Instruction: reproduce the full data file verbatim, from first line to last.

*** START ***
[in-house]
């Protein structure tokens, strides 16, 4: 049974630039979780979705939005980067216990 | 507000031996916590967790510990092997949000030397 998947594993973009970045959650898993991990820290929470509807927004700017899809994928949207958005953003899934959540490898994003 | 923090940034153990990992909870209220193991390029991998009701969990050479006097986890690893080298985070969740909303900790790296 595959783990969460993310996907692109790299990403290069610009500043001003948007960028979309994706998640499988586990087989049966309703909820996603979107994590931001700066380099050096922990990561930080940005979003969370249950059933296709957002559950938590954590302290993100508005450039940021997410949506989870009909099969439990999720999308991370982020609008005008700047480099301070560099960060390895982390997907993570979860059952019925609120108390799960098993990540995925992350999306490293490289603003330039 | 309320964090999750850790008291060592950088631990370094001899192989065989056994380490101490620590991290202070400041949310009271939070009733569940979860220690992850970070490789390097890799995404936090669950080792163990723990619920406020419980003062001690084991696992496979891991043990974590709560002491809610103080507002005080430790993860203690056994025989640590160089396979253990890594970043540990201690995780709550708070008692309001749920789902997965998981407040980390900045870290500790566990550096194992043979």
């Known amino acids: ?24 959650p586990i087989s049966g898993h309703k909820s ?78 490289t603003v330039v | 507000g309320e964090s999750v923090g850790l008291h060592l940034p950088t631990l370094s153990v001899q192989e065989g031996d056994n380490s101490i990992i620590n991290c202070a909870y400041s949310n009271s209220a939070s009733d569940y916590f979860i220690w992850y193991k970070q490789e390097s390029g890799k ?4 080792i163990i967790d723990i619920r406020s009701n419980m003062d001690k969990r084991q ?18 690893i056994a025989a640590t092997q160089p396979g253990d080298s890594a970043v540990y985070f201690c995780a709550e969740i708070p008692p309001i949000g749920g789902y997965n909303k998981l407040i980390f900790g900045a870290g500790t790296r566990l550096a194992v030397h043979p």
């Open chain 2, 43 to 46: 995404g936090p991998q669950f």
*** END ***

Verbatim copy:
[in-house]
């Protein structure tokens, strides 16, 4: 049974630039979780979705939005980067216990 | 507000031996916590967790510990092997949000030397 998947594993973009970045959650898993991990820290929470509807927004700017899809994928949207958005953003899934959540490898994003 | 923090940034153990990992909870209220193991390029991998009701969990050479006097986890690893080298985070969740909303900790790296 595959783990969460993310996907692109790299990403290069610009500043001003948007960028979309994706998640499988586990087989049966309703909820996603979107994590931001700066380099050096922990990561930080940005979003969370249950059933296709957002559950938590954590302290993100508005450039940021997410949506989870009909099969439990999720999308991370982020609008005008700047480099301070560099960060390895982390997907993570979860059952019925609120108390799960098993990540995925992350999306490293490289603003330039 | 309320964090999750850790008291060592950088631990370094001899192989065989056994380490101490620590991290202070400041949310009271939070009733569940979860220690992850970070490789390097890799995404936090669950080792163990723990619920406020419980003062001690084991696992496979891991043990974590709560002491809610103080507002005080430790993860203690056994025989640590160089396979253990890594970043540990201690995780709550708070008692309001749920789902997965998981407040980390900045870290500790566990550096194992043979």
């Known amino acids: ?24 959650p586990i087989s049966g898993h309703k909820s ?78 490289t603003v330039v | 507000g309320e964090s999750v923090g850790l008291h060592l940034p950088t631990l370094s153990v001899q192989e065989g031996d056994n380490s101490i990992i620590n991290c202070a909870y400041s949310n009271s209220a939070s009733d569940y916590f979860i220690w992850y193991k970070q490789e390097s390029g890799k ?4 080792i163990i967790d723990i619920r406020s009701n419980m003062d001690k969990r084991q ?18 690893i056994a025989a640590t092997q160089p396979g253990d080298s890594a970043v540990y985070f201690c995780a709550e969740i708070p008692p309001i949000g749920g789902y997965n909303k998981l407040i980390f900790g900045a870290g500790t790296r566990l550096a194992v030397h043979p």
């Open chain 2, 43 to 46: 995404g936090p991998q669950f």